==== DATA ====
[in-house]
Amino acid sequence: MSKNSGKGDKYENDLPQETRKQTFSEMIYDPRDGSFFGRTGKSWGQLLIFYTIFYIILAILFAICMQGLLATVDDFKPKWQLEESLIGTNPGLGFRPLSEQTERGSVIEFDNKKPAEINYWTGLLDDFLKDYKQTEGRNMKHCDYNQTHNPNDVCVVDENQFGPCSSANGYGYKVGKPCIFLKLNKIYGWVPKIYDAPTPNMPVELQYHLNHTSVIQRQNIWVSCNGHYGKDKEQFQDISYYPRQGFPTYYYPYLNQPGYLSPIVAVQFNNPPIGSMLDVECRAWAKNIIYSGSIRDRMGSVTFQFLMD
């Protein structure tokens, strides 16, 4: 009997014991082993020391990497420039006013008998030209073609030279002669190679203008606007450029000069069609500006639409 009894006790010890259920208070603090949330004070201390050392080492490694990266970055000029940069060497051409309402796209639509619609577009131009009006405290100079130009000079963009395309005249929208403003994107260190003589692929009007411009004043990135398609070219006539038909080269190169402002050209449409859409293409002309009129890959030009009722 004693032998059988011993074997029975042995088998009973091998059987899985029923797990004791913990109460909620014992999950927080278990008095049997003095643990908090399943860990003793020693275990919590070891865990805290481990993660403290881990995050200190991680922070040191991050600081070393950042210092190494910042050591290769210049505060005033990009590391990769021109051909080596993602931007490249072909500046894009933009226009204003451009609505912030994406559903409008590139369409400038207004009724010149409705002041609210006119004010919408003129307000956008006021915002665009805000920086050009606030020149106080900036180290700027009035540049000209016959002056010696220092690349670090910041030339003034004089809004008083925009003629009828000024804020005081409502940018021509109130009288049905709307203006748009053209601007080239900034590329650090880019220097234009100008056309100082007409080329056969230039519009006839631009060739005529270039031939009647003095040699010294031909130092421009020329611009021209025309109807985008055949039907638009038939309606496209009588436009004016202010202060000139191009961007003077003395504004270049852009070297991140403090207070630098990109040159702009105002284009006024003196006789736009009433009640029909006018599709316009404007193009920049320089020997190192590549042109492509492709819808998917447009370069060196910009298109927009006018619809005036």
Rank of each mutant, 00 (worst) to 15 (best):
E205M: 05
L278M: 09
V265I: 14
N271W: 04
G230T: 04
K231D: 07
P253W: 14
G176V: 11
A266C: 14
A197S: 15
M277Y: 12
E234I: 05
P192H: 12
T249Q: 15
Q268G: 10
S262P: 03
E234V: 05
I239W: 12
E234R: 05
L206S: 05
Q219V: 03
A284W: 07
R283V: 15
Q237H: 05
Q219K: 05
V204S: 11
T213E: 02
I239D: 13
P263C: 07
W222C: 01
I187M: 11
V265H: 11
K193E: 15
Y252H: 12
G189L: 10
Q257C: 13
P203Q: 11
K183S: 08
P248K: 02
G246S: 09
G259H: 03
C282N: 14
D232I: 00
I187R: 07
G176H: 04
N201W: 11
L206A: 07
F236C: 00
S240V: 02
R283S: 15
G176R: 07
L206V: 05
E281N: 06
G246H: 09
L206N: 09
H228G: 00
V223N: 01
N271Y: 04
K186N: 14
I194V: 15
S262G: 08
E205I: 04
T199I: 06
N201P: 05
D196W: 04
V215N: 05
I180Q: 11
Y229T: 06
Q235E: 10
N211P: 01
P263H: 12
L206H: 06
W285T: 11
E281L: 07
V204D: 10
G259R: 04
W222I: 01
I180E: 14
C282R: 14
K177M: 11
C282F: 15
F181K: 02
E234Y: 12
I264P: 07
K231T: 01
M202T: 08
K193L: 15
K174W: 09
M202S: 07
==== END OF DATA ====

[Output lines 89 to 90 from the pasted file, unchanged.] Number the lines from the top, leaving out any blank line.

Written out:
K231T: 01
M202T: 08